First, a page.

5.
Sci Rep ; 11(1): 13717, 2021 07 02.
Article in English | MEDLINE | ID: covidwho-1294481

ABSTRACT

Most countries have implemented restrictions on mobility to prevent the spread of Coronavirus disease-19 (COVID-19), entailing considerable societal costs but, at least initially, based on limited evidence of effectiveness. We asked whether mobility restrictions were associated with changes in the occurrence of COVID-19 in 34 OECD countries plus Singapore and Taiwan. Our data sources were the Google Global Mobility Data Source, which reports different types of mobility, and COVID-19 cases retrieved from the dataset curated by Our World in Data. Beginning at each country's 100th case, and incorporating a 14-day lag to account for the delay between exposure and illness, we examined the association between changes in mobility (with January 3 to February 6, 2020 as baseline) and the ratio of the number of newly confirmed cases on a given day to the total number of cases over the past 14 days from the index day (the potentially infective 'pool' in that population), per million population, using LOESS regression and logit regression. In two-thirds of examined countries, reductions of up to 40% in commuting mobility (to workplaces, transit stations, retailers, and recreation) were associated with decreased cases, especially early in the pandemic. Once both mobility and incidence had been brought down, further restrictions provided little additional benefit. These findings point to the importance of acting early and decisively in a pandemic.


Subject(s)
COVID-19/prevention & control , Communicable Disease Control , COVID-19/epidemiology , Humans , Incidence , Pandemics/prevention & control , Transportation , Travel , Travel-Related Illness , Workplace
6.
Stoch Environ Res Risk Assess ; 35(7): 1319-1333, 2021.
Article in English | MEDLINE | ID: covidwho-1052979

ABSTRACT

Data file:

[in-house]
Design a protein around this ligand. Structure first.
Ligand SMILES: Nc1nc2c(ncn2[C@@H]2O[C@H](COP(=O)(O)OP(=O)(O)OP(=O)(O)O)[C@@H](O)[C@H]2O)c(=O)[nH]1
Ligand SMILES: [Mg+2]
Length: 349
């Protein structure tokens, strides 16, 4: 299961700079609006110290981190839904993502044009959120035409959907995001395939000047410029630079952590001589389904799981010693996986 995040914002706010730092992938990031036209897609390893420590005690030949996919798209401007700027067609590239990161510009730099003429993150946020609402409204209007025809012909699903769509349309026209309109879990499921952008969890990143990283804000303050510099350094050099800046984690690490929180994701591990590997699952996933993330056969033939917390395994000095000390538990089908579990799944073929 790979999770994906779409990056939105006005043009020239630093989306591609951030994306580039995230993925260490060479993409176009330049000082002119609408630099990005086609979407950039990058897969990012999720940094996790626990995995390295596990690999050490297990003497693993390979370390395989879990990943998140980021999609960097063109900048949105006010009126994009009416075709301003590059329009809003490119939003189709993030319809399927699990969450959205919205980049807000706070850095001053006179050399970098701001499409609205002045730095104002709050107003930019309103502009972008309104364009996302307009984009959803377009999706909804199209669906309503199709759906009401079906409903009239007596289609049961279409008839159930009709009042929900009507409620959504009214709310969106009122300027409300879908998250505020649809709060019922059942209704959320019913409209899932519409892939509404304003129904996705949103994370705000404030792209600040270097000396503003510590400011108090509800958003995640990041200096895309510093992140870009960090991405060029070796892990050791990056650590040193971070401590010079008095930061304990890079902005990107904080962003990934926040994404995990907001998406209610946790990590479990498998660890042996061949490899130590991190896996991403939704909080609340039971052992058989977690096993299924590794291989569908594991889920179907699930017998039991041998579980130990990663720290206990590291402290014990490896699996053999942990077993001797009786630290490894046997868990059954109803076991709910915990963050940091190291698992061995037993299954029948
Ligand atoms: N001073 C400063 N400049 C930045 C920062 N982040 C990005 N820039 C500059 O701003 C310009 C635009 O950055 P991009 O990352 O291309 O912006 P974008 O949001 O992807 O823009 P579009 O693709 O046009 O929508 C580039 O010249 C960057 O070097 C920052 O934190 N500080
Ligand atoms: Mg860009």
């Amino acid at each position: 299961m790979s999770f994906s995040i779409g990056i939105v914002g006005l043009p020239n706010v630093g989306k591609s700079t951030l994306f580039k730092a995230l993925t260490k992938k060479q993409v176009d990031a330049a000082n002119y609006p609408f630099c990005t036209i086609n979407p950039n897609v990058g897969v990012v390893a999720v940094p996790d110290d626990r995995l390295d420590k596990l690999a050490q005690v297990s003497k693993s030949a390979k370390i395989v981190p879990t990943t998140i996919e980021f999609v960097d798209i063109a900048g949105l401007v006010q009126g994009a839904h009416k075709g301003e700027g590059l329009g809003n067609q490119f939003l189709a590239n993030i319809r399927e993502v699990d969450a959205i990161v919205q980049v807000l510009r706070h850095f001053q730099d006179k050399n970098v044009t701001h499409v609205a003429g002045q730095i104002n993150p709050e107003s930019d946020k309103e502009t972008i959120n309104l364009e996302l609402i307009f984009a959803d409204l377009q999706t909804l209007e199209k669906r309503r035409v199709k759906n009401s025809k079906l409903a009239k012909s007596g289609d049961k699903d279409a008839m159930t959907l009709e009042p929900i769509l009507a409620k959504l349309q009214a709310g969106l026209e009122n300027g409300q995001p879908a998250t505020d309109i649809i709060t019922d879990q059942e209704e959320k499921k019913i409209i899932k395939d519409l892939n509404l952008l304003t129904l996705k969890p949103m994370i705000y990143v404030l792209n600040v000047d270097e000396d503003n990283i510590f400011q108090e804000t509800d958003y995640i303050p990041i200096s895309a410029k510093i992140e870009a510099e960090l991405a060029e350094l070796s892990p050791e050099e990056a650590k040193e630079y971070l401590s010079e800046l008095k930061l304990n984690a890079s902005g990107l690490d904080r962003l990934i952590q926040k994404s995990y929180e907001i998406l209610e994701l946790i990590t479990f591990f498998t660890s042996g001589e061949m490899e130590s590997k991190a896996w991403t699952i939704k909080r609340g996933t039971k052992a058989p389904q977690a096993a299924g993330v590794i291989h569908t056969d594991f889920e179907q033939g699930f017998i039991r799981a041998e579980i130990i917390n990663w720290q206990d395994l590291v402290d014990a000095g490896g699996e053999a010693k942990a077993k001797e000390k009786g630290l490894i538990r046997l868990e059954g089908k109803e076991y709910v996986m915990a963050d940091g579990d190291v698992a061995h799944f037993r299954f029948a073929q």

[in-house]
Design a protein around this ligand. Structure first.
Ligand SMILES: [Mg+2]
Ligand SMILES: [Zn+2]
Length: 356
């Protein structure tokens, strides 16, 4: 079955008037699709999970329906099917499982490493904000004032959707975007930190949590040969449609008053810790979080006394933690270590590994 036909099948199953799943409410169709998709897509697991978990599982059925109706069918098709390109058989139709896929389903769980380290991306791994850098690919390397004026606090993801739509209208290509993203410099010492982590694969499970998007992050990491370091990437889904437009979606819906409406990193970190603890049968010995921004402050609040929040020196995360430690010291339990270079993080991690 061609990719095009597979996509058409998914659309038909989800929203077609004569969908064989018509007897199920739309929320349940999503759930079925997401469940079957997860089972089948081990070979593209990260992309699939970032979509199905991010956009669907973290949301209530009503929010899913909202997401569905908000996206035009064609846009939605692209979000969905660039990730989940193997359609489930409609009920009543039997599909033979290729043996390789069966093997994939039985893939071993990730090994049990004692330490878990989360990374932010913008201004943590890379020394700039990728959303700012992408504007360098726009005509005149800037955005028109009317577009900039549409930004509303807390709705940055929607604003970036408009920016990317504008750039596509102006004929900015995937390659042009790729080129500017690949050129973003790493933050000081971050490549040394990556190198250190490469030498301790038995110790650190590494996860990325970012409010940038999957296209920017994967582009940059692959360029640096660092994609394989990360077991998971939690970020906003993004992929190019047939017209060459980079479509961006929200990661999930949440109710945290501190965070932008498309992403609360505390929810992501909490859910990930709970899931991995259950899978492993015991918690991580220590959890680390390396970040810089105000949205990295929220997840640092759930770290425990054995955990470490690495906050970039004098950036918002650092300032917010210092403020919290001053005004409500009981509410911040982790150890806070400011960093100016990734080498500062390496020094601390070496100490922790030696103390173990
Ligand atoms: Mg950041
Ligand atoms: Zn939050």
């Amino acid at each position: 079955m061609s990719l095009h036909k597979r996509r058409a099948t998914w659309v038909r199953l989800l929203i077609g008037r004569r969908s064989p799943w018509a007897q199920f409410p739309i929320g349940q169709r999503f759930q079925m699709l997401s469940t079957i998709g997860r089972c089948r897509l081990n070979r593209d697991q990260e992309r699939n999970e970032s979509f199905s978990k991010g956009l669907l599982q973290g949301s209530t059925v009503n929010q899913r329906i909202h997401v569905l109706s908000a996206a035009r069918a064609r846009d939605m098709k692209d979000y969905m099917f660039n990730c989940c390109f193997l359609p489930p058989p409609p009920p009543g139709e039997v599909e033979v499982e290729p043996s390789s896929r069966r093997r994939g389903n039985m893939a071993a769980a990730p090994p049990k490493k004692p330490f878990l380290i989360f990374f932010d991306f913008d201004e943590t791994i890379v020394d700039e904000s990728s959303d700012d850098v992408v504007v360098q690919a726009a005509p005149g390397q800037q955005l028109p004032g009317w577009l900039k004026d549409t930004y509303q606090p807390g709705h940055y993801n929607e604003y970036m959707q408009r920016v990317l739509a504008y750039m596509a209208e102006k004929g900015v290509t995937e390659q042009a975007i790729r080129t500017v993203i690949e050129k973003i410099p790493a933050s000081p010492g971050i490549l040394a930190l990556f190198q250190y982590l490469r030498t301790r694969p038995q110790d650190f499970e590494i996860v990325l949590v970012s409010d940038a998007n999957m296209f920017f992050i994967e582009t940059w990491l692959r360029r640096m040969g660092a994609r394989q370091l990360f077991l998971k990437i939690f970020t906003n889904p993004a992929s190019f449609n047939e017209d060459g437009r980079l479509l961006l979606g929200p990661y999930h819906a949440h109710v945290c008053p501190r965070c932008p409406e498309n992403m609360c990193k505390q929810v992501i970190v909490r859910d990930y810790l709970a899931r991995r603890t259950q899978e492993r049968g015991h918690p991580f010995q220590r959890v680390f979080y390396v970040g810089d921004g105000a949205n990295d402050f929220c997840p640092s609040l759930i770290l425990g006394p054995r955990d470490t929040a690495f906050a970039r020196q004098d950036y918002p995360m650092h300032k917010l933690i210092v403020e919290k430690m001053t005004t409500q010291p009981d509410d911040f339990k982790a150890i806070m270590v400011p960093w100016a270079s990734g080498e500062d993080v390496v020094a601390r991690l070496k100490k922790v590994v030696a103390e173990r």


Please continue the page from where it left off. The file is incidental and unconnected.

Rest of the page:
The outbreak of COVID-19 on the Diamond Princess Cruise Ship provides an unprecedented opportunity to estimate its original transmissibility with basic reproductive number (R0) and the effectiveness of containment measures. We developed an ordinary differential equation-based Susceptible-Exposed-Infected-Recovery (SEIR) model with Bayesian underpinning to estimate the main parameter of R0 determined by transmission coefficients, incubation period, and the recovery rate. Bayesian Markov Chain Monte Carlo (MCMC) estimation method was used to tackle the parameters of uncertainty resulting from the outbreak of COVID-19 given a small cohort of the cruise ship. The extended stratified SEIR model was also proposed to elucidate the heterogeneity of transmission route by the level of deck with passengers and crews. With the application of the overall model, R0 was estimated as high as 5.70 (95% credible interval: 4.23-7.79). The entire epidemic period without containment measurements was approximately 47 days and reached the peak one month later after the index case. The partial containment measure reduced 63% (95% credible interval: 60-66%) infected passengers. With the deck-specific SEIR model, the heterogeneity of R0 estimates by each deck was noted. The estimated R0 figures were 5.18 for passengers (5-14 deck), mainly from the within-deck transmission, and 2.46 for crews (2-4 deck), mainly from the between-deck transmission. Modelling the dynamic of COVID-19 on the cruise ship not only provides an insight into timely evacuation and early isolation and quarantine but also elucidates the relative contributions of different transmission modes on the cruise ship though the deck-stratified SEIR model. SUPPLEMENTARY INFORMATION: The online version contains supplementary material available at (10.1007/s00477-020-01968-w).